Rosalie Jukier: Varying paths
“… the principles they learn about process, transparency, analytical reasoning, equal treatment, and the rule of law, will also serve them quite well in non-law related endeavours.”
Rosalie Jukier has been teaching in McGill’s Faculty of Law since 1985. Her teaching and research interests focus particularly on contractual obligations and remedies. Rosalie’s teaching was recognized in 2004 with a John W. Durnford Teaching Excellence Award, awarded by the McGill Law Students' Association, and in 2010 with McGill’s Principal’s Prize for Excellence in Teaching.
In addition to teaching and researching, Rosalie has been Dean of Students at McGill (1995-2001) and Senior Advisor to the National Juridical Institute in Ottawa (2005-2007), where she was involved in the development and delivery of legal education programmes for judges. She currently is Associate Dean (Graduate Studies) at the Faculty.
What notable professional experiences inform your teaching?
I’ve had a somewhat less traditional trajectory over my 26 years of teaching than perhaps other law professors. For various reasons, my teaching career has taken several interesting virages – or turns. And reflecting on some of these, I realize that they have fundamentally changed my approach to teaching. For example, in 1995 I left the Faculty of Law and spent six years as Dean of Students, which was an instructive experience in how useful legal education can be outside the legal field. Consequently, I often tell my students that the principles they learn about process, transparency, analytical reasoning, equal treatment, and the rule of law, will also serve them quite well in non-law related endeavours.
The many issues I encountered as Dean of Students provided me with a rich perspective on legal matters, particularly in the disciplinary area. When I returned to full-time teaching I brought some of these experiences into the classroom, but with a different perspective. For instance, I teach a poignant Supreme Court of Canada case about judicial accountability and whether you can ask a judge to step down for a crime he committed at the age of 19, even though he was pardoned for it. This leads to very animated discussions and debates about how everything you do in life informs who you are and may have unforeseen consequences down the road.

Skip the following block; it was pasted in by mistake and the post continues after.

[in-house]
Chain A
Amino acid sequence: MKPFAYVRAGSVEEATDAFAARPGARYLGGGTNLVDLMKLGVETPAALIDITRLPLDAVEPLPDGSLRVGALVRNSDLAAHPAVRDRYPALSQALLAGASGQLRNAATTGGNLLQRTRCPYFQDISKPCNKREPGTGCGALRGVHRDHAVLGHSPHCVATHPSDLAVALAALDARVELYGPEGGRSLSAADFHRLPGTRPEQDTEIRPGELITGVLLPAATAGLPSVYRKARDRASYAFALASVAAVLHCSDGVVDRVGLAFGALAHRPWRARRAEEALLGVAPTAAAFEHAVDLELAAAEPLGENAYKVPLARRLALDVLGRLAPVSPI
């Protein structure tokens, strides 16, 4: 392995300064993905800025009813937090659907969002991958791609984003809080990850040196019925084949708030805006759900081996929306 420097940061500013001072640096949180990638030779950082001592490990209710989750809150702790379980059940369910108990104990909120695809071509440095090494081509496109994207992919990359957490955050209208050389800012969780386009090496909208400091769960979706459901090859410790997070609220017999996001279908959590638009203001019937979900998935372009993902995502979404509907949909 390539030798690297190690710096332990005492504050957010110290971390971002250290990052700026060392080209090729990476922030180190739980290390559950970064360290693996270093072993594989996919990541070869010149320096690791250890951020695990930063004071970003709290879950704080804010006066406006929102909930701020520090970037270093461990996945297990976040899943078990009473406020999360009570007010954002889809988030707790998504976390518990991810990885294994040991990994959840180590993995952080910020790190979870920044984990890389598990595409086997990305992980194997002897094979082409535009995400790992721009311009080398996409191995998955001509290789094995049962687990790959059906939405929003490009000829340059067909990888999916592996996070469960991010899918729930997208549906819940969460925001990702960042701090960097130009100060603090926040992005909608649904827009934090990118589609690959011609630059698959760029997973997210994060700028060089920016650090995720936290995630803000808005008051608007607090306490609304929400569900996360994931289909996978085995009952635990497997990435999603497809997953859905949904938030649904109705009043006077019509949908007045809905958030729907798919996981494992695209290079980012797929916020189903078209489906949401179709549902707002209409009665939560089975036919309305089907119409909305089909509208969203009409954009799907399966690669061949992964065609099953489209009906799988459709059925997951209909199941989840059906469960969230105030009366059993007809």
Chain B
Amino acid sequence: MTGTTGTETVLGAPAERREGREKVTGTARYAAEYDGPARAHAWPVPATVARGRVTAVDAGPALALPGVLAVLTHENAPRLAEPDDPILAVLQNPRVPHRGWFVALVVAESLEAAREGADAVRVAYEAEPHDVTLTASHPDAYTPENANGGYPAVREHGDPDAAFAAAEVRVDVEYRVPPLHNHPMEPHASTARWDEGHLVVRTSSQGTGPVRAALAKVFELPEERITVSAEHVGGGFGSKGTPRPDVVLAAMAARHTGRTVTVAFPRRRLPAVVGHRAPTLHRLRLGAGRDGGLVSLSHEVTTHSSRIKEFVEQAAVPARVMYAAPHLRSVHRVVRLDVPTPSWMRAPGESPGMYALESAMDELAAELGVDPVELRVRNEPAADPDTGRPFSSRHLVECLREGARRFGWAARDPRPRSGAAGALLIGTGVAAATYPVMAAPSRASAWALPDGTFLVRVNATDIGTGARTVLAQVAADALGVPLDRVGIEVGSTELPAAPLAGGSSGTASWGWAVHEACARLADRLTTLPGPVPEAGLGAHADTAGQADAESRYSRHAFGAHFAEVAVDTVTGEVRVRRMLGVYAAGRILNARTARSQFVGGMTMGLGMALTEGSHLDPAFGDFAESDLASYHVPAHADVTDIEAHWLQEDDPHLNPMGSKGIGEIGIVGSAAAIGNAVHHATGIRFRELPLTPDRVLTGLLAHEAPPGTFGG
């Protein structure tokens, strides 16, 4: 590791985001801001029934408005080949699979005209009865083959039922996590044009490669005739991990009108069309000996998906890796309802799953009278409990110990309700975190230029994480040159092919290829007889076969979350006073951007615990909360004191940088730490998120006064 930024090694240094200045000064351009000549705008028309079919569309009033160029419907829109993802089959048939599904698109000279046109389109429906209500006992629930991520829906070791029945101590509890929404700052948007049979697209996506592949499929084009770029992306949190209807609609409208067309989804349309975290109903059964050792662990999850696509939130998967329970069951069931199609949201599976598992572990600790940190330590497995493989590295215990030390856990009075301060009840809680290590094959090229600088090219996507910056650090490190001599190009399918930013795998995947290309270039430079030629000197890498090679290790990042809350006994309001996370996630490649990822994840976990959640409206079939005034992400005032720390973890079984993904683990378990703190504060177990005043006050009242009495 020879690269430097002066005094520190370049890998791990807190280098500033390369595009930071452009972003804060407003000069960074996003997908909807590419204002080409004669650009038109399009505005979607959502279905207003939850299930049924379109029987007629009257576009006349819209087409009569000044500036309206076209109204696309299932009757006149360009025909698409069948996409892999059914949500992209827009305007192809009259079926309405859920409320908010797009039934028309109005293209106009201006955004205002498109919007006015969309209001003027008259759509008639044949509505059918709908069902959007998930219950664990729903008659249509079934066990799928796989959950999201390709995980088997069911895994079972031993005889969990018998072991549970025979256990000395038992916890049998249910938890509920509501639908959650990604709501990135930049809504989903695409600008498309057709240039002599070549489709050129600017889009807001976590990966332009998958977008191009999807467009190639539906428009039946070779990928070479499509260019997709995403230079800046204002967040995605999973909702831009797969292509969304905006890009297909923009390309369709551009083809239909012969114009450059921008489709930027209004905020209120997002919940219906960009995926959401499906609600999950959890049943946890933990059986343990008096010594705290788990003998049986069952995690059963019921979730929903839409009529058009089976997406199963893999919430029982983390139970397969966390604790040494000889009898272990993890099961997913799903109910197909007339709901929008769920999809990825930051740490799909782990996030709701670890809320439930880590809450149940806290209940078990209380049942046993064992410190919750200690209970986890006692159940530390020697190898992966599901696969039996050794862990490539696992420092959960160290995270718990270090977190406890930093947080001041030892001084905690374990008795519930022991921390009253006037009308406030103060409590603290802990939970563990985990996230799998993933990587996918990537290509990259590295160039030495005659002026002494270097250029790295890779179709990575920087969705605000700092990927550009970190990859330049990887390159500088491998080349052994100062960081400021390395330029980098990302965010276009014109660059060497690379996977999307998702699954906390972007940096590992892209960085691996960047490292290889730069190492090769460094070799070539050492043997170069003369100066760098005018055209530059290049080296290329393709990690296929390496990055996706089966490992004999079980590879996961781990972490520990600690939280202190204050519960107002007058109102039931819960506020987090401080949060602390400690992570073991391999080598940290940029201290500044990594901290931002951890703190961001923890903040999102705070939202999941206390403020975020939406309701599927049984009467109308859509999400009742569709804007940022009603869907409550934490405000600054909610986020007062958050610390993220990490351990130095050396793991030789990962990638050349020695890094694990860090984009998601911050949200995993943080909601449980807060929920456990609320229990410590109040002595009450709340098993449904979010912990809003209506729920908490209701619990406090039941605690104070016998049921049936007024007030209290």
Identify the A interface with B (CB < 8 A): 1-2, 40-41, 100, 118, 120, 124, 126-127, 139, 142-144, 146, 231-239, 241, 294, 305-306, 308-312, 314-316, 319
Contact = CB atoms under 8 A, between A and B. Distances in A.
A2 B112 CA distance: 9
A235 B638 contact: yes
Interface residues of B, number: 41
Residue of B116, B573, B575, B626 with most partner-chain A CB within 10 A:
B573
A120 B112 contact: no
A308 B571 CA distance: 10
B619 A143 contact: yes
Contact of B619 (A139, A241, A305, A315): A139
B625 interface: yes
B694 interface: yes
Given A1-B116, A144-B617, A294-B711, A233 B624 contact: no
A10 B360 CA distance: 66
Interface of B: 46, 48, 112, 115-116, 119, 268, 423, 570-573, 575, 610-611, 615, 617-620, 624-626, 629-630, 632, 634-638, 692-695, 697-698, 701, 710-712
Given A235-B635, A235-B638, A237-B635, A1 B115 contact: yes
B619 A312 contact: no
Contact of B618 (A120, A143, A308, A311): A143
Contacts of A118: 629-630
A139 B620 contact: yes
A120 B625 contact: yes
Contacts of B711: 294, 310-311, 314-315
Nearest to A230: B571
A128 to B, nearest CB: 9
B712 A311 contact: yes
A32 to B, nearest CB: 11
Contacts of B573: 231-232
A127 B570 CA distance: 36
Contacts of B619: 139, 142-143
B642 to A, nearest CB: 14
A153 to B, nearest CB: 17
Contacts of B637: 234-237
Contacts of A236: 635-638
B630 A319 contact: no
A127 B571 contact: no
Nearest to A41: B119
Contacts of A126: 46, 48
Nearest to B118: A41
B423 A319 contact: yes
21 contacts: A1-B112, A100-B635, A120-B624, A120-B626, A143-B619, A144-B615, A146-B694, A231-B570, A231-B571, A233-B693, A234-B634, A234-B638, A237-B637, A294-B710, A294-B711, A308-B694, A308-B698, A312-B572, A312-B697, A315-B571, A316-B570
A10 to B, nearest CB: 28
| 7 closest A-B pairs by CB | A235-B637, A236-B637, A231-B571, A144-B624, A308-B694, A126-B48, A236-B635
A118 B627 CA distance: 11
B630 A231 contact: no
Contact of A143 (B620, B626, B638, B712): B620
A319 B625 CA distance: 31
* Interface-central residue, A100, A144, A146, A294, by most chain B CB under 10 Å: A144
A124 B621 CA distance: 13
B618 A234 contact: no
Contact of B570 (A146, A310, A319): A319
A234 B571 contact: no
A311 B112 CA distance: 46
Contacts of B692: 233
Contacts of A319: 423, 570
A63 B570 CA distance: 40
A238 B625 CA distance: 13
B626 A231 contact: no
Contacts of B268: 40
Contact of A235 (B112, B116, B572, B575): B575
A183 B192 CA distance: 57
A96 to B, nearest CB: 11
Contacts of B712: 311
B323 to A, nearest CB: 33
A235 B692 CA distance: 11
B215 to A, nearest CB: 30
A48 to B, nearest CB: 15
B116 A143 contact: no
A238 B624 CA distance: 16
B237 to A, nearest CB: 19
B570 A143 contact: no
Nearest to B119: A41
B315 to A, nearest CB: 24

I have also taught a wide array of audiences including judges (during my time at the National Judicial Institute), Chinese law students, lay audiences (through Mini-Law) and practising lawyers (through Continuing Legal Education). These diverse pedagogical experiences have changed, in a very positive way, how I teach at McGill.
Taking familiar material and “repackaging” it for these various audiences has enabled me to view what I already know through radically different lenses. And this is appropriately in line with our transsystemic approach at McGill – learning to view law and the world through a pluralistic lens. We teach our students that there is no one answer to a legal problem – that law is just a series of hypotheses as to how to solve common problems. These experiences have helped me teach that.